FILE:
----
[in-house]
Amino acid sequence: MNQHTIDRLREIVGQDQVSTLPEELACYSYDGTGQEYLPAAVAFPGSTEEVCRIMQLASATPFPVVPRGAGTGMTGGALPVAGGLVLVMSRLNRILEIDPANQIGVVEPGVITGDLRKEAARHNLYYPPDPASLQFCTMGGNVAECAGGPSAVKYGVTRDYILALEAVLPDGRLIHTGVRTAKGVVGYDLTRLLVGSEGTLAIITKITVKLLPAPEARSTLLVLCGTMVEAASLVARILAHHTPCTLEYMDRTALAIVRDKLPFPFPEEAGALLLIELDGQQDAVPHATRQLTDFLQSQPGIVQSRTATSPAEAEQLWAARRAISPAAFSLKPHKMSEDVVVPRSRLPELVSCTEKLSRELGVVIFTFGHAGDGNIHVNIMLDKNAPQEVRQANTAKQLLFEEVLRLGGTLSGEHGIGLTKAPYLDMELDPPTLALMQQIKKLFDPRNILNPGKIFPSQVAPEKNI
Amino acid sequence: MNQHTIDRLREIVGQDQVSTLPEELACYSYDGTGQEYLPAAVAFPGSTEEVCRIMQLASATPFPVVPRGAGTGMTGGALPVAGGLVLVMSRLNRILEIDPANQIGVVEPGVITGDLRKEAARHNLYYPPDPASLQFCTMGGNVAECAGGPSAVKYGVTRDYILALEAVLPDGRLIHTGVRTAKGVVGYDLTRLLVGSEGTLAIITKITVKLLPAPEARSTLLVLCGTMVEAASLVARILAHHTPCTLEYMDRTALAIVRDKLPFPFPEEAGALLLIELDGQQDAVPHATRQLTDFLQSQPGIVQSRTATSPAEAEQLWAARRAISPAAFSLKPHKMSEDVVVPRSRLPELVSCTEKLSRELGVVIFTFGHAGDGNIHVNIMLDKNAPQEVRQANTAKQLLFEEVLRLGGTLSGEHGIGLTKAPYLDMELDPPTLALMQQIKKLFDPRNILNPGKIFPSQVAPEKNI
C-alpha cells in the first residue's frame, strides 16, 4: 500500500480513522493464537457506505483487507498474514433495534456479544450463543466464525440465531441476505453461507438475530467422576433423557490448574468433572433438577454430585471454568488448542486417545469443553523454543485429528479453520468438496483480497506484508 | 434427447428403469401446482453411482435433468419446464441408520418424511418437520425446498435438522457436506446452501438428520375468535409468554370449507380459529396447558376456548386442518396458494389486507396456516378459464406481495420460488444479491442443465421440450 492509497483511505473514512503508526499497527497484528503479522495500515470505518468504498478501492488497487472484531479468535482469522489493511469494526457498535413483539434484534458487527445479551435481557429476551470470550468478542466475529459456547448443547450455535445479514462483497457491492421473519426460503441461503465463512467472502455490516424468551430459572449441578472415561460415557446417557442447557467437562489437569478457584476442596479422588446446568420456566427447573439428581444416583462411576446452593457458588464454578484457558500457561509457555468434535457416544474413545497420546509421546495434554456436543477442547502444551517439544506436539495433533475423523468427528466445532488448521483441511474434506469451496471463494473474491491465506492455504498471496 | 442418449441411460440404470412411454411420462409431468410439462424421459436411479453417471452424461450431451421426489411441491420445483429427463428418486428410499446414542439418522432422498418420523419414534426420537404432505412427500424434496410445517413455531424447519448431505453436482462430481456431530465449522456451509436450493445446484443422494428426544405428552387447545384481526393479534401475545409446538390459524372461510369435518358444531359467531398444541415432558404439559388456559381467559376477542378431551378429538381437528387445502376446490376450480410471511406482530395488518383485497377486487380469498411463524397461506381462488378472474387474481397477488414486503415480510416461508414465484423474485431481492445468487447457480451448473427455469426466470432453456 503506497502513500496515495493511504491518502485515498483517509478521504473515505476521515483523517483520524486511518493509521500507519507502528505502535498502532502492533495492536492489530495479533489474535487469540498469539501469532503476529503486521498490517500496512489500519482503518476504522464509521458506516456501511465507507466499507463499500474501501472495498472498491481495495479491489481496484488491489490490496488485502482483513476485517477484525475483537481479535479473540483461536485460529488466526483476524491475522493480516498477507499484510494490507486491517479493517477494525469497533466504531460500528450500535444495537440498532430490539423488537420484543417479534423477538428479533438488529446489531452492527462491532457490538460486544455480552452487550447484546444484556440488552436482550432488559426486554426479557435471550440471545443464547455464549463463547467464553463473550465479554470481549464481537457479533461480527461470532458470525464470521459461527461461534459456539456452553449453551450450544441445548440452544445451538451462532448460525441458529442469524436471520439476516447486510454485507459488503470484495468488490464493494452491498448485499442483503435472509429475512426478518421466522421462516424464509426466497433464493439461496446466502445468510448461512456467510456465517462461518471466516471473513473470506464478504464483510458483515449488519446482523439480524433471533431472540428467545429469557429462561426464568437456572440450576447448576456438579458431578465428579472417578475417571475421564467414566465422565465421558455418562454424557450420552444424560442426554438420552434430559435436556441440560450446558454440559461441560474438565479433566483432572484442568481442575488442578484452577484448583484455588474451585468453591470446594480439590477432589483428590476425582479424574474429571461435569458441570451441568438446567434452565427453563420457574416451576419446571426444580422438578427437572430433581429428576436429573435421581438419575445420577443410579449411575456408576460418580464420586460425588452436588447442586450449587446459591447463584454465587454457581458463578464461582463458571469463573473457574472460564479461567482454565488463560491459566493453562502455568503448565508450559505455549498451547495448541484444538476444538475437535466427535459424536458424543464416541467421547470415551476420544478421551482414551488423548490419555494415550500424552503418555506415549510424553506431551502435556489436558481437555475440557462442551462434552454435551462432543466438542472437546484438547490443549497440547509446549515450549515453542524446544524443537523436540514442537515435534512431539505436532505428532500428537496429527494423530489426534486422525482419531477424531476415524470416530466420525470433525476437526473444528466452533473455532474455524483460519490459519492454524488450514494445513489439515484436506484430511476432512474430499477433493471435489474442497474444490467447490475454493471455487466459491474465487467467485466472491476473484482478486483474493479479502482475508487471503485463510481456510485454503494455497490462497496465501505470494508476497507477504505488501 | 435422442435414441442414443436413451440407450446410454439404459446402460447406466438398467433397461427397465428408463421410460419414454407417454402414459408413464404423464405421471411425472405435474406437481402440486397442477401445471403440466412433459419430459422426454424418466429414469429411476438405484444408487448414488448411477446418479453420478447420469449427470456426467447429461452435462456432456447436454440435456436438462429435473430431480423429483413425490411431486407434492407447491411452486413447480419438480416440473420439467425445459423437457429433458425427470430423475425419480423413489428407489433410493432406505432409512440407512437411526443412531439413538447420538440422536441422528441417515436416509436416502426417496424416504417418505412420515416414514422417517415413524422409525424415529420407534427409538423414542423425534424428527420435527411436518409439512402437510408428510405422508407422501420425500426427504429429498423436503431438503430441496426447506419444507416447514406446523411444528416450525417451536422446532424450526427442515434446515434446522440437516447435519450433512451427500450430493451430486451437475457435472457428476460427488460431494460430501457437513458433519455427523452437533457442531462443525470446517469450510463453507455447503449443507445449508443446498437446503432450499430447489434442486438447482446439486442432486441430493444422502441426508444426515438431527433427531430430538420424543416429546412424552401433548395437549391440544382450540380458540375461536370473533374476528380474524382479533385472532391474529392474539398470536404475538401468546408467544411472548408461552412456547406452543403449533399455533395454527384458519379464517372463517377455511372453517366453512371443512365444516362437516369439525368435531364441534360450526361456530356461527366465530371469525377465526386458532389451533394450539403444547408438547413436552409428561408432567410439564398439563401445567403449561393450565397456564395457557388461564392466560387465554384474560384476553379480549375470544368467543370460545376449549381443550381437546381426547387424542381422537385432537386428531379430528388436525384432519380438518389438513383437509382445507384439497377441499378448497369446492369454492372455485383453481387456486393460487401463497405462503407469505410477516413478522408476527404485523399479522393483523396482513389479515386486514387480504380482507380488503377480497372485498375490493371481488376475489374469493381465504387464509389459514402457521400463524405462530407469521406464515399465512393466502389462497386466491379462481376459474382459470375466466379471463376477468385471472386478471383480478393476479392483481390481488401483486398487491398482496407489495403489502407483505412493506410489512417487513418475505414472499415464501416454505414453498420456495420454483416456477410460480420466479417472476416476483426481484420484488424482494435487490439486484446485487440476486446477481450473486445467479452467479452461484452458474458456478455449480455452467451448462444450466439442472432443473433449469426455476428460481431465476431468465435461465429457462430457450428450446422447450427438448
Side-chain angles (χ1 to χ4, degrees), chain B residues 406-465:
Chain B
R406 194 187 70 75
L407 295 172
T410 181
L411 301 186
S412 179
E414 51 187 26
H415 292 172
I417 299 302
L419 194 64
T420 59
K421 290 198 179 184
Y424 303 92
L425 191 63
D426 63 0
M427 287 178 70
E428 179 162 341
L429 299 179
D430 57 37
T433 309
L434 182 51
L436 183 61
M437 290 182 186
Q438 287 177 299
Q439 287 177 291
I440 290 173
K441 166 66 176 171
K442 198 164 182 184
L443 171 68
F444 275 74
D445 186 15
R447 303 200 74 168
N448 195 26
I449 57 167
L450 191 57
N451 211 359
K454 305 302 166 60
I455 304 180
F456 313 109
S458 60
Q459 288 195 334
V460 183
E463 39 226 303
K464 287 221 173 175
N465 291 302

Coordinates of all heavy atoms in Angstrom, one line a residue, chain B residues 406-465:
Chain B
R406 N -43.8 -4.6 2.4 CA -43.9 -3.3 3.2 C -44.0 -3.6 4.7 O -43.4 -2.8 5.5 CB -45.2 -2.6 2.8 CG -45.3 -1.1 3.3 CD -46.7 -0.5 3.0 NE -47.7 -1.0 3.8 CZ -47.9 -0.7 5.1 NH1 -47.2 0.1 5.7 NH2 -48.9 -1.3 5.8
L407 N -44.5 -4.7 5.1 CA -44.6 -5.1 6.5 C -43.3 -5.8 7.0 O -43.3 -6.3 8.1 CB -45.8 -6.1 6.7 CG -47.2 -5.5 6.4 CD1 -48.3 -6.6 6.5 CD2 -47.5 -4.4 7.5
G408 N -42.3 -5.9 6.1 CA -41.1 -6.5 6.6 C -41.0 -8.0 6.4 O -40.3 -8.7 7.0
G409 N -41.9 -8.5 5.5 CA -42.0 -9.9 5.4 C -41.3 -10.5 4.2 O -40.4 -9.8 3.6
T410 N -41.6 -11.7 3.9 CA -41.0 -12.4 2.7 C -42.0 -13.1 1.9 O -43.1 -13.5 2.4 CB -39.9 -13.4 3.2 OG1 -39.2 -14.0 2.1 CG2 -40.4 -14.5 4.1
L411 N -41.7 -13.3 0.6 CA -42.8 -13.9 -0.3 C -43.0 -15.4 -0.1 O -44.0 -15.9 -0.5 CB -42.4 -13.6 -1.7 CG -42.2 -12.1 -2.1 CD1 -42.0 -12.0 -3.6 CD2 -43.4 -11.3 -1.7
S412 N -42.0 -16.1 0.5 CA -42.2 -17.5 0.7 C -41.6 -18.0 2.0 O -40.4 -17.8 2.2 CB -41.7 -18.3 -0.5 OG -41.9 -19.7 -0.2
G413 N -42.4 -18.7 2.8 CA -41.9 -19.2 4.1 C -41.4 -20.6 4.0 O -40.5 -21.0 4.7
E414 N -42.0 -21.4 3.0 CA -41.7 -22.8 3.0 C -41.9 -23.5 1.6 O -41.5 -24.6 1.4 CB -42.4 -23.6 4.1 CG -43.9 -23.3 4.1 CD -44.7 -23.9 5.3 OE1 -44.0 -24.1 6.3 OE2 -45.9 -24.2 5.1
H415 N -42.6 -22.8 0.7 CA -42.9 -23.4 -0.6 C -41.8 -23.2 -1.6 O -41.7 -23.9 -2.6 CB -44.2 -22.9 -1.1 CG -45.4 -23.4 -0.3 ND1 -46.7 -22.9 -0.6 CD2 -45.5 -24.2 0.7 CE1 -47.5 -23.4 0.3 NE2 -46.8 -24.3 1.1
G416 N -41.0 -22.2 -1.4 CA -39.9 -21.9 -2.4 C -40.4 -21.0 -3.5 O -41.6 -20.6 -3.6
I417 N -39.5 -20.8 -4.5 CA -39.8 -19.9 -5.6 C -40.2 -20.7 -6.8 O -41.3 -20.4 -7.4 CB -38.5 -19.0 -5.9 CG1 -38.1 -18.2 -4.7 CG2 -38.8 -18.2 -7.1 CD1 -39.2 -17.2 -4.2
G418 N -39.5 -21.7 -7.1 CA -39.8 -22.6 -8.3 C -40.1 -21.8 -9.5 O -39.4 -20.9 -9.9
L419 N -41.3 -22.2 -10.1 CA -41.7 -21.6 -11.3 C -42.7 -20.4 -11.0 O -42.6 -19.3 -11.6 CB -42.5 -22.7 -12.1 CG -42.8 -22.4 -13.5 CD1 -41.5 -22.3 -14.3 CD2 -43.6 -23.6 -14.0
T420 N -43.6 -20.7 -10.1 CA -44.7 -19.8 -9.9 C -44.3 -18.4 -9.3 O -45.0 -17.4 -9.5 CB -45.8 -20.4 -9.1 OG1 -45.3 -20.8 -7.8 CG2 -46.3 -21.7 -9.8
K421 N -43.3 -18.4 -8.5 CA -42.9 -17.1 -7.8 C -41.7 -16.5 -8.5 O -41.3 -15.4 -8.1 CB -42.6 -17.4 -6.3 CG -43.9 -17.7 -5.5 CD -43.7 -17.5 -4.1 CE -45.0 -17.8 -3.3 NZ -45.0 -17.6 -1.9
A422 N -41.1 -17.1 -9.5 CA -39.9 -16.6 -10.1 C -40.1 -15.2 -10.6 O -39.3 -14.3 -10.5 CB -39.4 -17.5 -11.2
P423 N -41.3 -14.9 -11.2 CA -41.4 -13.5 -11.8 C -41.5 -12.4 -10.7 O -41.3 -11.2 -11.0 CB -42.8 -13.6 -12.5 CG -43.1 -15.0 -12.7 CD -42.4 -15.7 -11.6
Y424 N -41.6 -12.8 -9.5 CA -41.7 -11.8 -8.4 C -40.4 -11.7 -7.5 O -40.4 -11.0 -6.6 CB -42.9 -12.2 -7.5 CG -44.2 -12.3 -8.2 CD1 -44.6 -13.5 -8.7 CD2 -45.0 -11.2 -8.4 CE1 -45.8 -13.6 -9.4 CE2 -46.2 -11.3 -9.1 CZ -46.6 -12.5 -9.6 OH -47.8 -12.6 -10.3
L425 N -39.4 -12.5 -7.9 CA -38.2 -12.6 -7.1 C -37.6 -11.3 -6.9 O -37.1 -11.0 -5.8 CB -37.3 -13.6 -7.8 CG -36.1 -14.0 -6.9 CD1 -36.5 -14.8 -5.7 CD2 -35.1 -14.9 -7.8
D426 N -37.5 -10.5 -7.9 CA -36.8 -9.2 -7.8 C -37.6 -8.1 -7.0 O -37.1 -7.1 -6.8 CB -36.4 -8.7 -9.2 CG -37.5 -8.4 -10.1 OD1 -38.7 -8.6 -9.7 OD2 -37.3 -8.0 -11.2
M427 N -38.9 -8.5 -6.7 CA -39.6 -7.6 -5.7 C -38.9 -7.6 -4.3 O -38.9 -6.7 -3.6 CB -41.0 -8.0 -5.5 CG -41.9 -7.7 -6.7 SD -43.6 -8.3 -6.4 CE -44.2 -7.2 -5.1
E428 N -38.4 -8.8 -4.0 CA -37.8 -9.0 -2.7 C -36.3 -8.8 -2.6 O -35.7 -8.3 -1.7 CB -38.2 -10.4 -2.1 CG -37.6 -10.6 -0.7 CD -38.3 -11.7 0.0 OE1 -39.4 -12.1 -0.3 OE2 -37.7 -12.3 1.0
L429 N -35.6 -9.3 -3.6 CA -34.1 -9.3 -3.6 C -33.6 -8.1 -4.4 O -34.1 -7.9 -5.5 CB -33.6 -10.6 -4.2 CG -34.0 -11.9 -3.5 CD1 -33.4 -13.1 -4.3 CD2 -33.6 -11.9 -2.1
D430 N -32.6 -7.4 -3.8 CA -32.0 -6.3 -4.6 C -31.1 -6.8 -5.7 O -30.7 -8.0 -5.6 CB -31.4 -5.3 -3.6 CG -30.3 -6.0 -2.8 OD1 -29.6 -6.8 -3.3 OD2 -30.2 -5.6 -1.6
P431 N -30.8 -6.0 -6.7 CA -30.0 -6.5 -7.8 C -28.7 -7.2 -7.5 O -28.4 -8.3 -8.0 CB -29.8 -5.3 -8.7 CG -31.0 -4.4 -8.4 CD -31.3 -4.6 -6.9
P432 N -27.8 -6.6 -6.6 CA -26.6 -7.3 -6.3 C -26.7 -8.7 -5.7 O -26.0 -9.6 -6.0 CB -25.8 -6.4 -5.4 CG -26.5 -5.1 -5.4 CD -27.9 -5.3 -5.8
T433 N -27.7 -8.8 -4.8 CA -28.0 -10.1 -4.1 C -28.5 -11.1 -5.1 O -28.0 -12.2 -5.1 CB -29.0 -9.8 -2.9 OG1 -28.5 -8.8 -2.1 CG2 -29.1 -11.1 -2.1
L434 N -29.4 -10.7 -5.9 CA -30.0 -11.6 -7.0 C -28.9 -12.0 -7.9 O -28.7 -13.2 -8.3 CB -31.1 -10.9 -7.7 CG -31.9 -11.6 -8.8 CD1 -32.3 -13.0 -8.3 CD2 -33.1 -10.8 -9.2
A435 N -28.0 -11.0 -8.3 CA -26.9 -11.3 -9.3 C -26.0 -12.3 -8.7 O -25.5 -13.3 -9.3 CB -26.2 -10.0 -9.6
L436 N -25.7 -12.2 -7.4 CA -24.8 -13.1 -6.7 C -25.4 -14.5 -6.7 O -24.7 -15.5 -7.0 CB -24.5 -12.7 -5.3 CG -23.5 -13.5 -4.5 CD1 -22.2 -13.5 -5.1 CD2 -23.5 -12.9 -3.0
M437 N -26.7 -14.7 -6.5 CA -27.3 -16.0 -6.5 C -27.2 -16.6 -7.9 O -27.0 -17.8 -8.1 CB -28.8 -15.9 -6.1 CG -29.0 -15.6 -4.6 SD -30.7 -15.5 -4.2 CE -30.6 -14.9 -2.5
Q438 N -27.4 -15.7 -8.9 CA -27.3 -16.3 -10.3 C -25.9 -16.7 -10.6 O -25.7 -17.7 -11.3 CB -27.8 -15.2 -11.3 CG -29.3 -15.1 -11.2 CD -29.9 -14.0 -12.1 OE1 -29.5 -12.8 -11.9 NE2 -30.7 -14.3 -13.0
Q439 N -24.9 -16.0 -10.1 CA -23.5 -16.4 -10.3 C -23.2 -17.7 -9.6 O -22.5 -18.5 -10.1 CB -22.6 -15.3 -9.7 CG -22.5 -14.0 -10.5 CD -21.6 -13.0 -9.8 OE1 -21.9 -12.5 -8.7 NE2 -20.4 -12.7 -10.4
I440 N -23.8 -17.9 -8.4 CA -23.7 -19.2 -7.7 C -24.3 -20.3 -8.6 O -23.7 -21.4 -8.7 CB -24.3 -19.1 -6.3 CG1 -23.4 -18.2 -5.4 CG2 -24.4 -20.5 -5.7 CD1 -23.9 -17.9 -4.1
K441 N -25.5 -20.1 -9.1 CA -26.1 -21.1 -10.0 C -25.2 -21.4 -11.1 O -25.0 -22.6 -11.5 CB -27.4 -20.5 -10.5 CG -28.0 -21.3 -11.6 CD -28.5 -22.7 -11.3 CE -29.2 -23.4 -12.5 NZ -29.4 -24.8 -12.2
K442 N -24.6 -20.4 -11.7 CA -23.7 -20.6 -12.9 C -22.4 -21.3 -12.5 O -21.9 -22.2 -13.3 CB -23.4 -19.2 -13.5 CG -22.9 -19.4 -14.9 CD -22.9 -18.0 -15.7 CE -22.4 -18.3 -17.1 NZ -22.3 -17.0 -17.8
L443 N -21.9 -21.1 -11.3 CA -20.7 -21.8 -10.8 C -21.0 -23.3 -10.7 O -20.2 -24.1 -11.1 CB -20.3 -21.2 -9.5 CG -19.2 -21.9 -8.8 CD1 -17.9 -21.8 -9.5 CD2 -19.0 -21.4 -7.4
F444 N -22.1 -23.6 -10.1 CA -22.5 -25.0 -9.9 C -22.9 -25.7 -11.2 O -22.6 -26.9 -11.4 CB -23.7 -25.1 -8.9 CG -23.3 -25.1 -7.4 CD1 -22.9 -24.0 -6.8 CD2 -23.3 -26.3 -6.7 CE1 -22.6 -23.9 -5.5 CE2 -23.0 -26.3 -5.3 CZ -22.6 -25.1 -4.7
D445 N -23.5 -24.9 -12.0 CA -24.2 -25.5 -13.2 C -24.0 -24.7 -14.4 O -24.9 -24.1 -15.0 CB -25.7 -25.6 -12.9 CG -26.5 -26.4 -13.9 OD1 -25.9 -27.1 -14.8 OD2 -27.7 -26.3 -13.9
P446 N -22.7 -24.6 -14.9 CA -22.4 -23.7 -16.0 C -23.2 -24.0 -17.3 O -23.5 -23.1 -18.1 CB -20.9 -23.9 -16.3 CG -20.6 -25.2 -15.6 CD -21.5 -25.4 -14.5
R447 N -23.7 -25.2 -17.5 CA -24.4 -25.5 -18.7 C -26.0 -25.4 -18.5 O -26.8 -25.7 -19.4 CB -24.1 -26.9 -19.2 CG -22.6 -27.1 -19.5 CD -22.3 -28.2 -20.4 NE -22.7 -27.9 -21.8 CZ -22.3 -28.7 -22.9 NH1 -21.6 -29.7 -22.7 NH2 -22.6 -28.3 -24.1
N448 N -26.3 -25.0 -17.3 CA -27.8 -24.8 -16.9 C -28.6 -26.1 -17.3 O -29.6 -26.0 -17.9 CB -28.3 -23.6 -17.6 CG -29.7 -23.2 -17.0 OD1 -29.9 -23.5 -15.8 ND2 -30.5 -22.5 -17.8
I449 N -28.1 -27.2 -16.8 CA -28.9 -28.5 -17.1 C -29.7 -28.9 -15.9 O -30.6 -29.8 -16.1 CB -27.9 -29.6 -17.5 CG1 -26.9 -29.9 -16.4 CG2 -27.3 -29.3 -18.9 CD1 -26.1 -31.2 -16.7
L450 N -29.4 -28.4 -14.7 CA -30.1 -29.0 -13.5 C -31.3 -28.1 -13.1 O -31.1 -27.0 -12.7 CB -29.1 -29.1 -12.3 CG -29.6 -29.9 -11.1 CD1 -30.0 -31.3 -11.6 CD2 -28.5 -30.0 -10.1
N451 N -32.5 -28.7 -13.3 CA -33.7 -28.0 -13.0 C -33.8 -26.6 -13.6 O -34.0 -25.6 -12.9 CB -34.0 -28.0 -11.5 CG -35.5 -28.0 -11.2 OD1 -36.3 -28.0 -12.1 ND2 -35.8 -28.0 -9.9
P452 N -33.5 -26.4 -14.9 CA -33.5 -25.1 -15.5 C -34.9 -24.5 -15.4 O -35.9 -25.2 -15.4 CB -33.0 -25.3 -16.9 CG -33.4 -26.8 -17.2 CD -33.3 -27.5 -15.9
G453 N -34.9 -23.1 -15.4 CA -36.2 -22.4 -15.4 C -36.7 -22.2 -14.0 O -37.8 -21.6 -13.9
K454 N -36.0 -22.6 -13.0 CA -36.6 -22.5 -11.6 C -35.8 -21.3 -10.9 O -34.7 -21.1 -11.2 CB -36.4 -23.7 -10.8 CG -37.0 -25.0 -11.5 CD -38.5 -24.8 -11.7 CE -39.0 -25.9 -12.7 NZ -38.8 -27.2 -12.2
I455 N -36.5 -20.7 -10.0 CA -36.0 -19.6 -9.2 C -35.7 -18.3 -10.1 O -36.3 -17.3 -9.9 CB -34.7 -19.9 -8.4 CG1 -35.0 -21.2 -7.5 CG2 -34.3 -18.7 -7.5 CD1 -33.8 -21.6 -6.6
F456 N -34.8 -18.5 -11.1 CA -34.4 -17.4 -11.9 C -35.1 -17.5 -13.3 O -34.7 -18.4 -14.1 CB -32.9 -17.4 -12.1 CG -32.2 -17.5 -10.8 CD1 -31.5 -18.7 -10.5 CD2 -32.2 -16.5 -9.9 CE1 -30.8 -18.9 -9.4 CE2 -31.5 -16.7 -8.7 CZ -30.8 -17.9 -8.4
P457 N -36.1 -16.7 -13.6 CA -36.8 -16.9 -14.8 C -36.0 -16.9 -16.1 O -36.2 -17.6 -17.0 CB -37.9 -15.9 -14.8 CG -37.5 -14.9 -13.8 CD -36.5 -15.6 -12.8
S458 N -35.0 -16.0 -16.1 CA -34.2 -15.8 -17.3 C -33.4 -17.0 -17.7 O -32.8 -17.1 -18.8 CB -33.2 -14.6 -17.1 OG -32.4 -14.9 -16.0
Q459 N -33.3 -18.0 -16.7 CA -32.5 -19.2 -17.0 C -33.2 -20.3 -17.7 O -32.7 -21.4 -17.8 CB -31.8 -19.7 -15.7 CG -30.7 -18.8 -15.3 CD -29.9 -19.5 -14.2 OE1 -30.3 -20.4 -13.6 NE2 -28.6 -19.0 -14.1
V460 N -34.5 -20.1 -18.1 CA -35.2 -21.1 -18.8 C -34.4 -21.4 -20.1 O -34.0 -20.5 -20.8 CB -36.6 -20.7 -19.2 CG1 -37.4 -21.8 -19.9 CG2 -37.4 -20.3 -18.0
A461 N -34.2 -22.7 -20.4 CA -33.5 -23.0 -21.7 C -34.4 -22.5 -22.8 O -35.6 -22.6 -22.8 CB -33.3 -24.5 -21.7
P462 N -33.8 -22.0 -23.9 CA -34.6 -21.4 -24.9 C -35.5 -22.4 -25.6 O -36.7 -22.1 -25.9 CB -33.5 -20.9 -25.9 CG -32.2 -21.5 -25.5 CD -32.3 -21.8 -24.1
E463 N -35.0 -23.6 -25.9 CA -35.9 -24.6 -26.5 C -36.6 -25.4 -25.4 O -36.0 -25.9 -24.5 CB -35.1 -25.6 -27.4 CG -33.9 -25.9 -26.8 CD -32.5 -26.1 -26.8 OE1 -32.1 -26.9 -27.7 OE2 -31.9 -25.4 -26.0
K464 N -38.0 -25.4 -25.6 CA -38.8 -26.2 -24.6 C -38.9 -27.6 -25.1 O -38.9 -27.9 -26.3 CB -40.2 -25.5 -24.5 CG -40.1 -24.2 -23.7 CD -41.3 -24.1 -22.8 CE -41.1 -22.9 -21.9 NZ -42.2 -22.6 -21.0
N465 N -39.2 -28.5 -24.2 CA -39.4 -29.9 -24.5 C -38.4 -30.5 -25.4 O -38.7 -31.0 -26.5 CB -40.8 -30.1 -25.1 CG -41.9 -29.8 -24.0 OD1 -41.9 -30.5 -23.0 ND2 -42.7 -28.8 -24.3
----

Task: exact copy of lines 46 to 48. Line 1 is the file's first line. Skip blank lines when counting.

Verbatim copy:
Q459 288 195 334
V460 183
E463 39 226 303